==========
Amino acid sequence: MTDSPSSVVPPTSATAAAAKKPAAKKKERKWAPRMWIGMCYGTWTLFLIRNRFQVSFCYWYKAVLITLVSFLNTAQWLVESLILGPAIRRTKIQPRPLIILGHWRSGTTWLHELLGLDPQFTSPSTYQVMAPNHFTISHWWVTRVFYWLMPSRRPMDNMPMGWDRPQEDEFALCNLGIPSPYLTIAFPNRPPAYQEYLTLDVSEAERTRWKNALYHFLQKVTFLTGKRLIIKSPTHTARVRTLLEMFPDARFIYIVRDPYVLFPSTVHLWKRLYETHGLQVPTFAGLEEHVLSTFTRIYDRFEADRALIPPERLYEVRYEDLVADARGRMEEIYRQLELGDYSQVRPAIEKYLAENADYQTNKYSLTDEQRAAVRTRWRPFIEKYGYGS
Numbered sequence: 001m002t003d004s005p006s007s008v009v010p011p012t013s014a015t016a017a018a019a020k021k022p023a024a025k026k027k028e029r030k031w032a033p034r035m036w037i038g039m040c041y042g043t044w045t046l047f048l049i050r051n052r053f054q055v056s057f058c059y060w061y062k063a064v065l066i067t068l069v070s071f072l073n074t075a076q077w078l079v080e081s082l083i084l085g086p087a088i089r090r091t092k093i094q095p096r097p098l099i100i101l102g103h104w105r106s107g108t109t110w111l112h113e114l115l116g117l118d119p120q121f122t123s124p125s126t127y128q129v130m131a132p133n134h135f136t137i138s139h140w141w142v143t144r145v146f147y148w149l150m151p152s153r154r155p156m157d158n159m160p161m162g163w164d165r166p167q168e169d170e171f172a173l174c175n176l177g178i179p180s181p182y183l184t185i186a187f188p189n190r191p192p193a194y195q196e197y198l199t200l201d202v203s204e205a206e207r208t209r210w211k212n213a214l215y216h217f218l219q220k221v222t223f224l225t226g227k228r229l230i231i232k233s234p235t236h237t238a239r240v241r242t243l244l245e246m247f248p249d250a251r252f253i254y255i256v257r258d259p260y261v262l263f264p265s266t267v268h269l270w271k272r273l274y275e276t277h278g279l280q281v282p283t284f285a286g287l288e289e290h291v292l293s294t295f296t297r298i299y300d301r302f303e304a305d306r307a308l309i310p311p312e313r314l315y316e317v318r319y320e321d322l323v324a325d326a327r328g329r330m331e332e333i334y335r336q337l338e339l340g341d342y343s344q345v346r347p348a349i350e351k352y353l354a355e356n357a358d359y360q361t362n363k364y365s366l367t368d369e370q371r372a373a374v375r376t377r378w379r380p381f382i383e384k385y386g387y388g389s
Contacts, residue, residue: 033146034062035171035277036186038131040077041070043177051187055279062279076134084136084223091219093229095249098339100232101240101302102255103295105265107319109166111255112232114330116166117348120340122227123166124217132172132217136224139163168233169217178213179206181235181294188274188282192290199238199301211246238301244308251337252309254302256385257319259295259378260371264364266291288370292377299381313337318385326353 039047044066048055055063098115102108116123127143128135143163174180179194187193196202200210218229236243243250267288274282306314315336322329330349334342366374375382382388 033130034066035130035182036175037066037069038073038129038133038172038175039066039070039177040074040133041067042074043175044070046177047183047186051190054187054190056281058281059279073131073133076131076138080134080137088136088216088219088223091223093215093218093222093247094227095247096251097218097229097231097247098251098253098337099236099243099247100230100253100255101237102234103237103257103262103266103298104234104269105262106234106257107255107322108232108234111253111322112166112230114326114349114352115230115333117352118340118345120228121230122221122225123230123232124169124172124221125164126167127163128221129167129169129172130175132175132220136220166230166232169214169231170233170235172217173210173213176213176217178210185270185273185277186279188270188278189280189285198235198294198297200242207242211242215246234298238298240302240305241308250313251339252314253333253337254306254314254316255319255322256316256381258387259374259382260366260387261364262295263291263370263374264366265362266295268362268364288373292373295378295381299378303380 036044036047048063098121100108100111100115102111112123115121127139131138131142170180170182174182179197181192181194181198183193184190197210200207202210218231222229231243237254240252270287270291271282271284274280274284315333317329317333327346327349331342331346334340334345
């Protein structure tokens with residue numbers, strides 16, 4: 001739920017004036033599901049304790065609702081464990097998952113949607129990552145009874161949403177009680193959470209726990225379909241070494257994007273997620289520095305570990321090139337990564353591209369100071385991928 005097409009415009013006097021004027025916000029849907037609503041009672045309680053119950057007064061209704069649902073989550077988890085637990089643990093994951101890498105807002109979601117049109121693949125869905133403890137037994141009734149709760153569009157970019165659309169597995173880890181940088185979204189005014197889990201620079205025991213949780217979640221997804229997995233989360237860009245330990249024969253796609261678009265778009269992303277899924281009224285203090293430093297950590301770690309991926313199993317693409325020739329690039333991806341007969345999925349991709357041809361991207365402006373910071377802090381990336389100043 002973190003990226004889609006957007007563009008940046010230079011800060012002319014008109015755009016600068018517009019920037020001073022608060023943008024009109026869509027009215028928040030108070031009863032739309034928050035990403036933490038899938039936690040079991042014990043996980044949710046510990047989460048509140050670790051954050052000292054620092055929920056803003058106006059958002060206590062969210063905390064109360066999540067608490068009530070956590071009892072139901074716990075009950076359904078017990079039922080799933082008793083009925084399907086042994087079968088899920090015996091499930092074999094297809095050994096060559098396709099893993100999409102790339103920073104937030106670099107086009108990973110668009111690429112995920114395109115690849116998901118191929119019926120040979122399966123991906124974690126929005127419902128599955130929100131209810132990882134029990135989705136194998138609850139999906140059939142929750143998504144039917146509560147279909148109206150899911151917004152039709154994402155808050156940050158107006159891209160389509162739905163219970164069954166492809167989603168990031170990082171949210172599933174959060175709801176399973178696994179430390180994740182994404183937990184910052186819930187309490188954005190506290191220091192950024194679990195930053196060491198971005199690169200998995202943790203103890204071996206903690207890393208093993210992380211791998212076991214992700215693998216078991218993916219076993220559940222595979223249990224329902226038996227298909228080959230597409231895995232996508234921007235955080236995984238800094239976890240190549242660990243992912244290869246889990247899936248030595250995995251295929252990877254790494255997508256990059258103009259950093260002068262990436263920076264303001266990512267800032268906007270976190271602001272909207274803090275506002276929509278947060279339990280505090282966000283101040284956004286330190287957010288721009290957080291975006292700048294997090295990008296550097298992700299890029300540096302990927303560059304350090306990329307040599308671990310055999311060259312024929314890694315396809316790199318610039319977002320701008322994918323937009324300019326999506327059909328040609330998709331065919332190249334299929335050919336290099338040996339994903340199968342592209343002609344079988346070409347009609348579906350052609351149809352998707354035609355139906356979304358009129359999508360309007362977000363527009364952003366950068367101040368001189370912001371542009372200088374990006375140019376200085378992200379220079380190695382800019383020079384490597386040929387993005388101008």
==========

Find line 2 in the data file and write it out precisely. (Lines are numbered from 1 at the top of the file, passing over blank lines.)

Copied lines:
Numbered sequence: 001m002t003d004s005p006s007s008v009v010p011p012t013s014a015t016a017a018a019a020k021k022p023a024a025k026k027k028e029r030k031w032a033p034r035m036w037i038g039m040c041y042g043t044w045t046l047f048l049i050r051n052r053f054q055v056s057f058c059y060w061y062k063a064v065l066i067t068l069v070s071f072l073n074t075a076q077w078l079v080e081s082l083i084l085g086p087a088i089r090r091t092k093i094q095p096r097p098l099i100i101l102g103h104w105r106s107g108t109t110w111l112h113e114l115l116g117l118d119p120q121f122t123s124p125s126t127y128q129v130m131a132p133n134h135f136t137i138s139h140w141w142v143t144r145v146f147y148w149l150m151p152s153r154r155p156m157d158n159m160p161m162g163w164d165r166p167q168e169d170e171f172a173l174c175n176l177g178i179p180s181p182y183l184t185i186a187f188p189n190r191p192p193a194y195q196e197y198l199t200l201d202v203s204e205a206e207r208t209r210w211k212n213a214l215y216h217f218l219q220k221v222t223f224l225t226g227k228r229l230i231i232k233s234p235t236h237t238a239r240v241r242t243l244l245e246m247f248p249d250a251r252f253i254y255i256v257r258d259p260y261v262l263f264p265s266t267v268h269l270w271k272r273l274y275e276t277h278g279l280q281v282p283t284f285a286g287l288e289e290h291v292l293s294t295f296t297r298i299y300d301r302f303e304a305d306r307a308l309i310p311p312e313r314l315y316e317v318r319y320e321d322l323v324a325d326a327r328g329r330m331e332e333i334y335r336q337l338e339l340g341d342y343s344q345v346r347p348a349i350e351k352y353l354a355e356n357a358d359y360q361t362n363k364y365s366l367t368d369e370q371r372a373a374v375r376t377r378w379r380p381f382i383e384k385y386g387y388g389s